processors and ad networks would also have to cut off the site.

Finally, and for good measure, Internet service providers and payment
processors get the green light to simply block access to sites on
their own volition?no content owner notification even needed. So long
as they believe the site is ?dedicated to the theft of US property,?
Internet providers and payment processors can?t be sued.

### ?Industry norms?

The House bill is shockingly sympathetic to a narrow subsection of
business interests. For instance, buried deep in the back of the
\>70-page document is a requirement that the US Intellectual Property
Enforcement Coordinator prepare a study for Congress. That study
should analyze ?notorious foreign infringers? and attempt to quantify
the ?significant harm inflicted by notorious foreign infringers.?
(Talk about assuming your conclusions before you start.)

The report, which is specifically charged to give weight to the views
of content owners, requests a set of specific policy recommendations
that might ?encourage foreign businesses to adopt industry norms to
promote the protection of intellectual property globally.? Should the
bill pass, the US government would be explicitly charged with
promoting private ?industry norms??not actual laws or treaties?around
the world.

In the request for the report, we can also see the IP maximalist lobby
preparing for its next move: shutting off access to US capital markets
and preventing companies from ?offering stock for sale to the public?
in the US.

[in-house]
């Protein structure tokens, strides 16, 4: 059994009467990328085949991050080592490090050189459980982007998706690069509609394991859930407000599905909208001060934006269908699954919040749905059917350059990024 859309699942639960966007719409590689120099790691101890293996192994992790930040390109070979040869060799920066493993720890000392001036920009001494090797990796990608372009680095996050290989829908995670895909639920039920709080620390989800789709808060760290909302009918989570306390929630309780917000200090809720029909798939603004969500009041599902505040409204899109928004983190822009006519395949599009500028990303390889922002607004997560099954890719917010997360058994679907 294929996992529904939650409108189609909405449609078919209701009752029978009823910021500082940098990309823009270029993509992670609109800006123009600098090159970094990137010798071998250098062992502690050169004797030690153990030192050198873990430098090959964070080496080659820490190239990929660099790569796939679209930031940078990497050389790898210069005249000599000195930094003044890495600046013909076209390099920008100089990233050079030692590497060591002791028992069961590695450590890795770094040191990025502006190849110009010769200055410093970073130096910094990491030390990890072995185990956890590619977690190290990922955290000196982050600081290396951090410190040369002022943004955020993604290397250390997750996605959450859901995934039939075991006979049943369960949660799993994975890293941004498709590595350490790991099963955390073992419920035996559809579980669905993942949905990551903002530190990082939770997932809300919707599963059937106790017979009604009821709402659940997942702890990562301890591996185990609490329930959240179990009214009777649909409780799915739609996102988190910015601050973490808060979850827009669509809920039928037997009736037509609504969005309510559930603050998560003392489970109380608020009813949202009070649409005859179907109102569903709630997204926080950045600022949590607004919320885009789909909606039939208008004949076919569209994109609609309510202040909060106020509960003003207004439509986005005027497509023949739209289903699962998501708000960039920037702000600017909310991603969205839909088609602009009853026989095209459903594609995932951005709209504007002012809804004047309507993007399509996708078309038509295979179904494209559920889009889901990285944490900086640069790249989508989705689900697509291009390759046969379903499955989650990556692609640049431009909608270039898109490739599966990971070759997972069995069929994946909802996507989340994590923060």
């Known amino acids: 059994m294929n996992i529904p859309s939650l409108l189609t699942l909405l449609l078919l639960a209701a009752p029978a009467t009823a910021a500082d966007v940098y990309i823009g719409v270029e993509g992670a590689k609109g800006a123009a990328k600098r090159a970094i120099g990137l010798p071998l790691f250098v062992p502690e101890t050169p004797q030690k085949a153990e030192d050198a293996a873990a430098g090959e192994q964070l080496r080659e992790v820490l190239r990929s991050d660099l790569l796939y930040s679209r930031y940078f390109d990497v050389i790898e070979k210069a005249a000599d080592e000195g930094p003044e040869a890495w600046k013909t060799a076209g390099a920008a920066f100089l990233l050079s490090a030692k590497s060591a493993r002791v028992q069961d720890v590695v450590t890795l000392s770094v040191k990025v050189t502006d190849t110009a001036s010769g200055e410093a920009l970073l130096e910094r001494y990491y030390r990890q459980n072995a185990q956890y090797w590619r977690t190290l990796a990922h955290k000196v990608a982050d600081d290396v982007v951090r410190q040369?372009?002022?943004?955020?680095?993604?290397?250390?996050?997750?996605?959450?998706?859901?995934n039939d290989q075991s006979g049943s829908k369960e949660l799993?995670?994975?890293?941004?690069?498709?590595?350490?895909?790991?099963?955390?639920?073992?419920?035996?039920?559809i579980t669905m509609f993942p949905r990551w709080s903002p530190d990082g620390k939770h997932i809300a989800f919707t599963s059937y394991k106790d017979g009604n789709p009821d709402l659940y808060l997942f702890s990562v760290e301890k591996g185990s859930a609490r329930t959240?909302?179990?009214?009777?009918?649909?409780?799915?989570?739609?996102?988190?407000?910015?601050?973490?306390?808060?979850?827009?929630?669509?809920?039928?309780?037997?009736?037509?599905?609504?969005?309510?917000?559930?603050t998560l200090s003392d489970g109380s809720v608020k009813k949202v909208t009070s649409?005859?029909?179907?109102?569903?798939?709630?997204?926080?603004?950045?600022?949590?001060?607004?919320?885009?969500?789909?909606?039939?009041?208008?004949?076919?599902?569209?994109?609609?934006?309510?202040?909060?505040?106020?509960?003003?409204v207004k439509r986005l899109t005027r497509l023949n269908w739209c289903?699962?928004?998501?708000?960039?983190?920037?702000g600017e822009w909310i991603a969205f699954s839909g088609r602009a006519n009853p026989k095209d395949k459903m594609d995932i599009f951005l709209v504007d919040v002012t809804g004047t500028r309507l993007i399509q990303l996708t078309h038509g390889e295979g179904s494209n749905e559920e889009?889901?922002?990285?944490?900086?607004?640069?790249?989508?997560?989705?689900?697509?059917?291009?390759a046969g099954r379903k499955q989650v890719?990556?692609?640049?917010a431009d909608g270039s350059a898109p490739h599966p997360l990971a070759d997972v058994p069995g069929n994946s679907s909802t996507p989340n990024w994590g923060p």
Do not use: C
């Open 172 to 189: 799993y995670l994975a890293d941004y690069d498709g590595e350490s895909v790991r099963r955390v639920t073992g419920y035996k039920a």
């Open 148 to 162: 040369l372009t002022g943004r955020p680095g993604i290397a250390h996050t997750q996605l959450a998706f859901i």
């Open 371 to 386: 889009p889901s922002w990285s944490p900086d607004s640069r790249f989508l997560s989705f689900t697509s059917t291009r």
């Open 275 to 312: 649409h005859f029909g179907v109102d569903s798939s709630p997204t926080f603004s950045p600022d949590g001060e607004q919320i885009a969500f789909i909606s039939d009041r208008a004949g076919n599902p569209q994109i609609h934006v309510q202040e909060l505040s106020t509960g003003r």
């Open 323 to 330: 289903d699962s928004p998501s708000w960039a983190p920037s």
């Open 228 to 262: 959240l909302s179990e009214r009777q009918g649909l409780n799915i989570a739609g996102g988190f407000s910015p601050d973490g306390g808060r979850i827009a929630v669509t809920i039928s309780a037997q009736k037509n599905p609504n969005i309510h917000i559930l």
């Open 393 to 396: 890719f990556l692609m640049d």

### Call it what it is

Not all censorship is bad?but we need to have an honest discussion
about when and how to deploy it, rather than wrapping an unprecedented
set of censorship tools in meaningless terms like ?rogue site,? or by
calling a key section of the new bill the ?E-PARASITE Act.?

You don?t have to support piracy?and we don?t?to see the many problems
with this new approach. Just today, the RIAA submitted to the US
government a list of ?notorious markets.? As part of that list, the
RIAA included ?cyberlockers? like MegaUpload, which are ?notorious
services? that ?thumb their noses at international laws, all while
pocketing significant advertising revenues from trafficking in free,
unlicensed copyrighted materials.?

It?s not hard to imagine how long it would take before such
sites?which certainly do host plenty of user-uploaded infringing
content?are targeted under the new law. Yet they have a host of legal
uses, and cyberlockers like RapidShare have been declared legal by
both [US][] and [European][] courts.

Not surprisingly, the new bill is getting pushback from groups like
NetCoalition, which counts Google, Yahoo, and small ISPs among its
members. ?As leading brands of the Internet, we strongly oppose
offshore ?rogue? websites and share policymakers? goal of combating
online infringement of copyrights and trademarks,? said executive
director Markham Erickson in a statement.

?However, we do not believe that the solution lies in regulating the
Internet and comprising its stability and security. We do not believe
that it is worth overturning a decade of settled law that has formed
the legal foundation for all social media. And finally, we do not
believe that it is worth restricting free speech or providing comfort
to totalitarian regimes that seek to control and restrict the Internet
freedoms of their own citizens.?

Dozens of law professors have also claimed the original PROTECT IP
Act, which contains most of the same ideas, is [unconstitutional][].
But the drumbeat for some sort of censorship is growing louder.

#### Further reading

- -   [The bill text (PDF)][] (static.arstechnica.net)

#### Notes

  [House takes Senate's bad Internet censorship bill, tries making it
  [Photograph by Tyler Menezes]:
  [The bill text (PDF)]: http://static.arstechnica.net/2011/10/26/SOPA.pdf

- -- 
Pranesh Prakash
Programme Manager
Centre for Internet and Society
W: http://cis-india.org | T: +91 80 40926283